Keeping track of changes in self-rated emotional and behavioral problems in adolescents is an important source of information about their psychological condition in a progressing society. Cross sectional studies, among others, help to determine the threshold for norm and pathology over generations, which is a prerequisite for a valid diagnosis. Moreover, they reflect the influence of social, political and economic changes on adolescent psychological well-being. Policy makers and education professionals can use these studies to learn which factors contribute to emotional and behavioral problems of teenagers and which do not. Beyond this, they get a piece of first-hand information from the youth themselves, which we know can differ substantially from parent and teacher observation [1]. Addressing the right causes may reduce the prevalence of depression, anxiety disorders, conducts disorders, etc., thus lowering the cost of treatment and incarceration. In 1995, a review [2] of existing data from the 1950s–1980s demonstrated that psychological problems of the youth in Western countries increased steadily. Hypothetical reasons included: increased unemployment, changes in family structure and functioning, increased life expectancy and better economic conditions. Also, the advent of mass media was discussed. Maughan et al. [3] readdressed this issue by inspecting data from the 1980s–2000s. They concluded that, although many self-report studies showed significant increase in emotional and behavioral problems “reasons for these changes remain elusive”.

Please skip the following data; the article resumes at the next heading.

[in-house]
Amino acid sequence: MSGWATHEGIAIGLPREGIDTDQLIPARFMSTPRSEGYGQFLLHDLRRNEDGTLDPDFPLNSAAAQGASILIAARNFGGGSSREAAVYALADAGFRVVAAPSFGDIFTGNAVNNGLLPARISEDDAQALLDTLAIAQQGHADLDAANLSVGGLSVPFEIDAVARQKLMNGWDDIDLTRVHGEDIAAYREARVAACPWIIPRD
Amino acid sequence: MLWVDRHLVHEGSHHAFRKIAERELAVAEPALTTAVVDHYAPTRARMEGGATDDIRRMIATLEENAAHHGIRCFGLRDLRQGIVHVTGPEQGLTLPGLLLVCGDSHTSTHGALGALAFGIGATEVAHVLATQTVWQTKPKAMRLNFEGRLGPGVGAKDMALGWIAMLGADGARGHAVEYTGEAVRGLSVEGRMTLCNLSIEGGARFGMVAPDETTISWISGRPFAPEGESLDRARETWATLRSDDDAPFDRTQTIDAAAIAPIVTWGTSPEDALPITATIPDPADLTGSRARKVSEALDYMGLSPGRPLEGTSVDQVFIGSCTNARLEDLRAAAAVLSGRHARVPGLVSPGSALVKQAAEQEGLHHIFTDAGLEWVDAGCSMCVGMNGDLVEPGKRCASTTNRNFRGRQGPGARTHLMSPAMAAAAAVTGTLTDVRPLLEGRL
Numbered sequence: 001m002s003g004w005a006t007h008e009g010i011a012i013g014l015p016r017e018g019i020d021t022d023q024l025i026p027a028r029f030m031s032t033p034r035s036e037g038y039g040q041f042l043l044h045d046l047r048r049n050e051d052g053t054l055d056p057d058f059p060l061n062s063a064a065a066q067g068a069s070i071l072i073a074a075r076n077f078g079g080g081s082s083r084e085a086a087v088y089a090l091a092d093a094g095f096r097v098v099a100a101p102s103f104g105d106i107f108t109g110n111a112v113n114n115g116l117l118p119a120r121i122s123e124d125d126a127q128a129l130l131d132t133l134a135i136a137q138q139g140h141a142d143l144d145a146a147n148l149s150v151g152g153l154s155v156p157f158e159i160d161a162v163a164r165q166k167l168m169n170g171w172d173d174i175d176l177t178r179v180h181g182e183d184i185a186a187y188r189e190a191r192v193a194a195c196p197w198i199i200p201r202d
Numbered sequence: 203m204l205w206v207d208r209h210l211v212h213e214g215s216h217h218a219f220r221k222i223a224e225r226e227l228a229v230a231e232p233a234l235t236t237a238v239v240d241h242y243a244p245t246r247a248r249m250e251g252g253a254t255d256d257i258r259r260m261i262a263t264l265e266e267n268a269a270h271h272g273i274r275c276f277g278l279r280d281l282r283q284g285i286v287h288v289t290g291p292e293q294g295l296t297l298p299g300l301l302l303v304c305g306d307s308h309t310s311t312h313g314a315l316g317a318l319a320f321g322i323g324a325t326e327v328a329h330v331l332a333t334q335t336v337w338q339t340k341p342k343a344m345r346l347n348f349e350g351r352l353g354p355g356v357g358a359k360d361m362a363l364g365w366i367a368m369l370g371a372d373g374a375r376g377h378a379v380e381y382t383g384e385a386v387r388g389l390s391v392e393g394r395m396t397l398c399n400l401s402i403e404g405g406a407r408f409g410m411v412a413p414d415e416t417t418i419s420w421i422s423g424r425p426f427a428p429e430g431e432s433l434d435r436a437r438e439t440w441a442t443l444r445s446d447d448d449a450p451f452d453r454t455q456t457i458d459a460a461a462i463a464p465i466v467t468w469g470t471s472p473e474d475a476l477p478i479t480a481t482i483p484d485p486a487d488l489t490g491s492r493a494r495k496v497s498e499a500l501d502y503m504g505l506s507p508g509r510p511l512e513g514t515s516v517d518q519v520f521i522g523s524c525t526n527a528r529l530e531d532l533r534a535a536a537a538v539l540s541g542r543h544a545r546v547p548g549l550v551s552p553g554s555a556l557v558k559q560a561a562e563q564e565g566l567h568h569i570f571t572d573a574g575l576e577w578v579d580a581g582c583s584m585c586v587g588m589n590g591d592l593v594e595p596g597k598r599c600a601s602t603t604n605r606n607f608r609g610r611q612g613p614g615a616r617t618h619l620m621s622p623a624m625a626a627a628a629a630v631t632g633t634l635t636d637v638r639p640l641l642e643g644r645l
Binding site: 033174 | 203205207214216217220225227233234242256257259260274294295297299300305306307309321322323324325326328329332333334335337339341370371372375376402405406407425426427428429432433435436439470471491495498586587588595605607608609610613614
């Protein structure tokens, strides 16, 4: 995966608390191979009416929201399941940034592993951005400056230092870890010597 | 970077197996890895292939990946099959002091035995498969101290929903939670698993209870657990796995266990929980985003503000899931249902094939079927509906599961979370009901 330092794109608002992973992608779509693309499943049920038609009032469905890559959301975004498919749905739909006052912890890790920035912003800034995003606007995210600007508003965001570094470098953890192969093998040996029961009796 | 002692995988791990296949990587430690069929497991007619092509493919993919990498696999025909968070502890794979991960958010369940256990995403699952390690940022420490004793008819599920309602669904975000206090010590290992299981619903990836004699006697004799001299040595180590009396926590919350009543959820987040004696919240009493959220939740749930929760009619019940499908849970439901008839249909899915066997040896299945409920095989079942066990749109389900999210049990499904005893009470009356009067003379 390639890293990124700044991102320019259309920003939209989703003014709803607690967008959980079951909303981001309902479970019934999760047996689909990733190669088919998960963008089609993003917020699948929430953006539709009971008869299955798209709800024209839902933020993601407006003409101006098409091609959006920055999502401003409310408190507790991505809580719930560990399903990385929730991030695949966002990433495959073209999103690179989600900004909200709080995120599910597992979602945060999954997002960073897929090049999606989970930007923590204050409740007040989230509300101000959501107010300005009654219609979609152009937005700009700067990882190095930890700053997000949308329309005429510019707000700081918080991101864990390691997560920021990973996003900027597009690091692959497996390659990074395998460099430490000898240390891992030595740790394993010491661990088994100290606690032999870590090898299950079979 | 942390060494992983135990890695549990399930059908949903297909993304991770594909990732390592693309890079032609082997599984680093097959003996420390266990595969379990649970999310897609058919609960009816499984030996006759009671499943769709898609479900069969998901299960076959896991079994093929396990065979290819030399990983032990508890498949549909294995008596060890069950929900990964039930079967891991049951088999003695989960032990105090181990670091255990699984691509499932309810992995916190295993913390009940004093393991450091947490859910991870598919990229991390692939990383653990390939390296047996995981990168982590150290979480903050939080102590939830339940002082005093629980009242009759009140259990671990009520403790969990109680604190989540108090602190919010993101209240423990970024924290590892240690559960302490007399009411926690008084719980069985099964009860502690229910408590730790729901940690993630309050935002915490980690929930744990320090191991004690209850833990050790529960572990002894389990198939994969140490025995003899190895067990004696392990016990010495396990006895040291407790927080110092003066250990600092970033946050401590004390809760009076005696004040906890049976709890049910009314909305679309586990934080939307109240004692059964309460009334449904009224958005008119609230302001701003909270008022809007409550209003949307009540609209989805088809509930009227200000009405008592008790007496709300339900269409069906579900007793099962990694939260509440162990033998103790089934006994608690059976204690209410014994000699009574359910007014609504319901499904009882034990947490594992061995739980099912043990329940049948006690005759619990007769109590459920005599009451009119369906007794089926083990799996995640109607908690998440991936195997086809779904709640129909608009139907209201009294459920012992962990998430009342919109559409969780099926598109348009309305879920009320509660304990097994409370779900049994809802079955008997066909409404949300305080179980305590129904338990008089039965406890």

We reanalyzed papers included in Maughan et al. [3], which cover countries like: the U.S. [4], Greece [5], the United Kingdom [68] and Sweden [9]. Moreover we added data from the U.S. [10], and The Netherlands [11]. Only studies using self-report measures were selected. In the U.S. studies seem to contradict each other. While Achenbach et al. [4] found evidence of small but significant improvement in self-reported psychological well-being, Twenge et al. [10] reported that “adolescent mental health has declined significantly since the 1980s,” until 2002. Both studies covered a similar period (1989–1999 for Achenbach’s study [4] and 1985–2002 for Tewnge’s study [10]) but used different measures (the Youth Self-Report (YSR) in the Achenbach’s study [4] and Minnesota Multiphasic Personality Inventory (MMPI) in the study by Twenge et al. [10]). The Greek study (1980–1998) [5] used The General Health Questionnaire (GHQ-28) and reported significant increase in mental health problems and some sub-scales (somatic complaints, anxiety, social dysfunctions and depression) with no effects of gender. The authors also reported a disappearing effect of selective migration. In the U.K., studies differ in England [6, 7] and in Scotland [8], although both used the same measure—the 12 item General Health Questionnaire (GHQ-12). In England (Collishaw (2004) [6]: (1979–1999), Collishaw (2010) [7]:(1986–2006)) researchers found increases in self-reported conduct and emotional problems (namely anxiety and depression) with no effects of social status, gender, changes in family structure or ethnic composition. The Scottish study (1987–2006) [8] reported increased caseness (scoring over a cut-off point on a questionnaire) for girls (from 19 to 33%), but not for boys (13–15%). Girls also seemed to be more affected by school performance worries. No gender differences were found for personal worries (e.g. looks, weight). In Sweden (1970–1996) [9] girls reported more anti-social and self-esteem problems but also better peer relations on an original Symptom Questionnaire. Other domains (e.g. relations with parents, teachers, physical and emotional problems) remained stable. Boys were not assessed. Finally, in The Netherlands (1993–2003) [11] small changes were detected as measured by the YSR. Boys reported decreases on behavioral scales while girls showed worsening of internalizing (e.g. somatic complaints, depressive symptoms) and social problems. Interaction effects of gender, socioeconomic status (SES), parent education and age were discovered for somatic complaints (decreased in older boys only), drug abuse (increased in boys from families with low parental education and occupation), aggressive behaviors (increase in younger girls and decrease in older ones) and total score (increase only in younger adolescent girls).